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Downs making push for lefty relief role

DUNEDIN, Fla. -- The question posed to Tigers manager Jim Leyland on Saturday dealt with Darin Downs and whether left-handed relievers need contrasting styles to complement each other in a bullpen. His answer might have addressed more than that.

"In the past, there were five righties in the rotation, so your lefty long guy becomes a little more prevalent," Leyland said, "because if one righty has a bad game and they've got their lefties in there, you can bring a lefty in for a long man. That's a little different if you've got left-handers in the rotation, one or two."

If Rick Porcello wins a starting job, the Tigers will have the same all-righty rotation they used for the stretch run last season once Anibal Sanchez came over from the Marlins. That could create the need for a lefty long reliever, a role Drew Smyly filled at times last season and during the playoffs.

If Smyly cracks the rotation, he'll be Detroit's lone lefty starter, which could lessen the pressure for lefty long relief. That might leave Leyland more inclined to take an extra lefty specialist. So, too, could a closer-by-committee scenario that relies on matchups to determine the best option for the ninth inning, including lefty Phil Coke.

Downs is trying to make himself as versatile as he can. With six appearances, tied for the Major League lead this spring with teammate Al Alburquerque among others, he's getting a good look.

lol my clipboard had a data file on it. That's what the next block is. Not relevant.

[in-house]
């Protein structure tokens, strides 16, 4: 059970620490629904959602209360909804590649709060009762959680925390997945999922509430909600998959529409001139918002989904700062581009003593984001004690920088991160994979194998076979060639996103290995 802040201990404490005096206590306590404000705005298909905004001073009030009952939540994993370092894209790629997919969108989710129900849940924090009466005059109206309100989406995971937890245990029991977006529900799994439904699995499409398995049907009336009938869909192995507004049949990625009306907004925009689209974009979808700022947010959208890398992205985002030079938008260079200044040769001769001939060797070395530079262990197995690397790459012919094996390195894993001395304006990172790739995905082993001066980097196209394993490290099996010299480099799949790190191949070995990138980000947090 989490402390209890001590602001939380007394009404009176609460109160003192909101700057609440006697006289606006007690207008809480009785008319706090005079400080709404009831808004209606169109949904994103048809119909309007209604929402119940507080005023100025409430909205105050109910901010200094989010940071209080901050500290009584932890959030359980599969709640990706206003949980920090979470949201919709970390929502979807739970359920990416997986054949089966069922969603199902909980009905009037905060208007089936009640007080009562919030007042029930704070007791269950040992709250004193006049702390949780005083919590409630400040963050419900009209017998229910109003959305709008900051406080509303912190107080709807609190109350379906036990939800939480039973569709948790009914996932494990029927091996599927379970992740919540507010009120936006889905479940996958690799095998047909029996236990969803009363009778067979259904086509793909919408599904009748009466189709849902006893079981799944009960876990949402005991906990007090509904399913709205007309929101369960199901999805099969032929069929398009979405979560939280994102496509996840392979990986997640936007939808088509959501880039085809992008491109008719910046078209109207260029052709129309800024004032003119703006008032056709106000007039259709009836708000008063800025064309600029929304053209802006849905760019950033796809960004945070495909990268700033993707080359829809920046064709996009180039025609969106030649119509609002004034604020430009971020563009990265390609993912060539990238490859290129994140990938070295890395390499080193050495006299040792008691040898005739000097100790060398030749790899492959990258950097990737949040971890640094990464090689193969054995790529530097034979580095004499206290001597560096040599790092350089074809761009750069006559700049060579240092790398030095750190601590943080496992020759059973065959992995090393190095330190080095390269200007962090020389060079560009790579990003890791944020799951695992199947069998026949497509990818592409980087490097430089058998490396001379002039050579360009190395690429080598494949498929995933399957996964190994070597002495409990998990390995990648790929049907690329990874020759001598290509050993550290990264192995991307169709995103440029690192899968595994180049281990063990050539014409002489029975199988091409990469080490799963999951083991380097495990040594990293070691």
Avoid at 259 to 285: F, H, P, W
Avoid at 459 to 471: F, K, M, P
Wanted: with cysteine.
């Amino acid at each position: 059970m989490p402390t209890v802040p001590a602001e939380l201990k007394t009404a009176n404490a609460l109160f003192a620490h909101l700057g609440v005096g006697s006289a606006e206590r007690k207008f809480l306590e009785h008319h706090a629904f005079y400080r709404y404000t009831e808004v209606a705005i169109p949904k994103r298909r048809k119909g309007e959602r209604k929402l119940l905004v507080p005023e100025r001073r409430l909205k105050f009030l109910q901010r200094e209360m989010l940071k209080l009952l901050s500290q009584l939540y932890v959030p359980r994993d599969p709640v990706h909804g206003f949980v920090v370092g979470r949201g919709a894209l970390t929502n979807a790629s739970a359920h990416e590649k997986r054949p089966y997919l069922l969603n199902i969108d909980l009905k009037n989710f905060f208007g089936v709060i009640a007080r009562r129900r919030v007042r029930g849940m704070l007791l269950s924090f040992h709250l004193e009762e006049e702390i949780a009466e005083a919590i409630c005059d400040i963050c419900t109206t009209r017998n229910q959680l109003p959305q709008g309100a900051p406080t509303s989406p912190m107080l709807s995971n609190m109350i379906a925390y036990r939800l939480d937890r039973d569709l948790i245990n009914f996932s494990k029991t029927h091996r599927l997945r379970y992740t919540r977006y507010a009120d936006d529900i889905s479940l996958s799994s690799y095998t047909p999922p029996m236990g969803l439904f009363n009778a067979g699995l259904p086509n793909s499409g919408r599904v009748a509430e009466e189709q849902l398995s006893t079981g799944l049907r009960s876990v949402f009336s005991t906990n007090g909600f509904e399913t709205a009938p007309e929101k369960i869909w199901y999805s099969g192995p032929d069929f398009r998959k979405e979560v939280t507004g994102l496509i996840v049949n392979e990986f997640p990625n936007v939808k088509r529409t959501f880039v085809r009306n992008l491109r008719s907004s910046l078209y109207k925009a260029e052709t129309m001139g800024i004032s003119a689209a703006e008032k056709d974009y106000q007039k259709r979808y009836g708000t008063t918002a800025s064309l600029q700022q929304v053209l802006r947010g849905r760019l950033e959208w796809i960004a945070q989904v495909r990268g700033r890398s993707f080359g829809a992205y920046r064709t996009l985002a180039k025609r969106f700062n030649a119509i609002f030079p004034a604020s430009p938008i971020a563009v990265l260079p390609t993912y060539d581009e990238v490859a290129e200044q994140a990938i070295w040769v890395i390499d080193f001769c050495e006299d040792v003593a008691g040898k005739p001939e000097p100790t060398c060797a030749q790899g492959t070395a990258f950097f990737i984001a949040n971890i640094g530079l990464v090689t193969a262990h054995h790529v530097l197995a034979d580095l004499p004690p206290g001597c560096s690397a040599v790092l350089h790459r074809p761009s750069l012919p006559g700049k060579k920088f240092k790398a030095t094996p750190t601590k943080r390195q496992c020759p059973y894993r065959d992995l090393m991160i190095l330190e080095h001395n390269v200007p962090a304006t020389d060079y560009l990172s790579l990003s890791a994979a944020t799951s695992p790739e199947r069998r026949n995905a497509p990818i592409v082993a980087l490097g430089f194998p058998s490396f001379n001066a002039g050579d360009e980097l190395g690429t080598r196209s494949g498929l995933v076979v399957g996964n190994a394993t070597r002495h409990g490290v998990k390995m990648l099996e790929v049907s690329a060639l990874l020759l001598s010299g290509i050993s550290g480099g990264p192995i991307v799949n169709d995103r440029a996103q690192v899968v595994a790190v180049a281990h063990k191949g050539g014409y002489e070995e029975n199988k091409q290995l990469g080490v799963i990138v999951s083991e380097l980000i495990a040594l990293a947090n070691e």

Downs had a mix of short and long appearances down the stretch last season. Six of his 18 appearances required two outs or fewer, while five of his outings lasted four outs or longer. He had more matchups with right-handed hitters (48 plate appearances) than lefties (38), but fared better against left-handed batters (6-for-35, three walks, 10 strikeouts) than righties (12-for-41, four doubles, one home run, six walks, 10 strikeouts). His numbers from Triple-A Toledo were very similar.

He's working on an offspeed pitch to right-handed hitters to try to balance things out, adding that to a fastball with movement in the upper 80s and a breaking ball.

"Over my career, I'm tougher on lefties, but I'm just trying to really bear down against righties, as well," Downs said.

That could be the difference between being a one- or two-batter reliever for lefties only, and a one- or two-inning reliever with some stability.

Downs is a versatile reliever, according to Leyland, and he's quietly off to a strong start this spring. His scoreless inning on Saturday against the Blue Jays pushed his Grapefruit League total to seven innings of four-hit ball with a walk and seven strikeouts -- including a nice curveball for a strikeout of the Jays' Jim Negrych to strand a runner and end the eighth inning.

"I'm very pleased with what I've seen from him," Leyland said on Saturday morning. "I like him a lot. He's done a good job. You know, I was almost dumbfounded when I saw that he only pitched 20 innings for us [last year]. It seemed like he pitched more than that. …

"I thought he did a very good job and he's had a very good spring. ... He's in the mix."

Jason Beck is a reporter for MLB.com. Read Beck's Blog and follow him on Twitter @beckjason. This story was not subject to the approval of Major League Baseball or its clubs.

{"event":["spring_training" ] }
{"event":["spring_training" ] }